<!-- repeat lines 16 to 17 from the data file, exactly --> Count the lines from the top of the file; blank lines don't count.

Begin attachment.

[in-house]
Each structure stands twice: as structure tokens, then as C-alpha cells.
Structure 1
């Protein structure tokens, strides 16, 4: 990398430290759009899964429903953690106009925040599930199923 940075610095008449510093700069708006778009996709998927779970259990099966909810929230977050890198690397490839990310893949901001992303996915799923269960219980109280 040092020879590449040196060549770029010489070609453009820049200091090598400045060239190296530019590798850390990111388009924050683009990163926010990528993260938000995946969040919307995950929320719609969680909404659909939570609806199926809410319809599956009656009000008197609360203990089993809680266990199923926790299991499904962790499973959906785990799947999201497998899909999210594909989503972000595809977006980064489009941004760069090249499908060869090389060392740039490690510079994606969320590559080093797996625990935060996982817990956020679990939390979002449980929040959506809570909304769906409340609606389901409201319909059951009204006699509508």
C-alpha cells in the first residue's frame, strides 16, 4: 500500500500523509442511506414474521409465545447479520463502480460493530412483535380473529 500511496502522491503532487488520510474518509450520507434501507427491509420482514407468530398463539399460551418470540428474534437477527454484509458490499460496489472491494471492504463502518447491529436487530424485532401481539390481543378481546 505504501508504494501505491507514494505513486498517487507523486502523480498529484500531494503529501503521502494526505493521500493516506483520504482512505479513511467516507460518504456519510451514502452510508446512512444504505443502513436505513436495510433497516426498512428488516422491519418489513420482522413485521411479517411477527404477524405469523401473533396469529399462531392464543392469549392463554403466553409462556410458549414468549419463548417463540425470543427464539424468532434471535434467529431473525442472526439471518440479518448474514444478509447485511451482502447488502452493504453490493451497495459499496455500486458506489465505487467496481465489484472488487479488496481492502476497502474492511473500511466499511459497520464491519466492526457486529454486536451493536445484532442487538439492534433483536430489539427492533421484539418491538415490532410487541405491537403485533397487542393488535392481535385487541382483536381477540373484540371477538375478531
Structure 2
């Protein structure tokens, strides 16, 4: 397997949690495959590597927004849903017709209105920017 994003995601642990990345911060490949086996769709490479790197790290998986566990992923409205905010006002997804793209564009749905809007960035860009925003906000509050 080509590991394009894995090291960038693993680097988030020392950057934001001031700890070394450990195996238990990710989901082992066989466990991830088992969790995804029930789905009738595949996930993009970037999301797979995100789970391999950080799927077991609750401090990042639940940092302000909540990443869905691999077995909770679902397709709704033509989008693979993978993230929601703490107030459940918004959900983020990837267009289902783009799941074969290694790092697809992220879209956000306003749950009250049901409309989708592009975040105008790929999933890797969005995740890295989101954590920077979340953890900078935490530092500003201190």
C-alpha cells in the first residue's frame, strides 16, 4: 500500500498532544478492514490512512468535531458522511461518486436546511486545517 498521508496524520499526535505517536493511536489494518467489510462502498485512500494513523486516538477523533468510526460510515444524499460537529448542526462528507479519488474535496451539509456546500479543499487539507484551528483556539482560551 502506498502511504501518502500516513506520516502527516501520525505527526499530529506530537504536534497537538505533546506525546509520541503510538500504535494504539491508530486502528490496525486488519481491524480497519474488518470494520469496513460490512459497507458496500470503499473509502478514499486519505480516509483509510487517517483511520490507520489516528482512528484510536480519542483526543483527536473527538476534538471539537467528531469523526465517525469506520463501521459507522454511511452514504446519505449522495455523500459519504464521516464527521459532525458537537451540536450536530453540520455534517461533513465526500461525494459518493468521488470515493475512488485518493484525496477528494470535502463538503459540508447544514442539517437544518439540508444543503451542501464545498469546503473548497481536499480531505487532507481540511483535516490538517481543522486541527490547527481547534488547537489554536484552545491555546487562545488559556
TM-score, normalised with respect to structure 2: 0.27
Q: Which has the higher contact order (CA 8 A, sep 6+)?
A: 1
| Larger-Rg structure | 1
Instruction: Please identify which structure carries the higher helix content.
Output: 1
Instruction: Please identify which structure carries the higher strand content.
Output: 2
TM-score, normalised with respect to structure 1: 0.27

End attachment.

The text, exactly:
Output: 2
TM-score, normalised with respect to structure 1: 0.27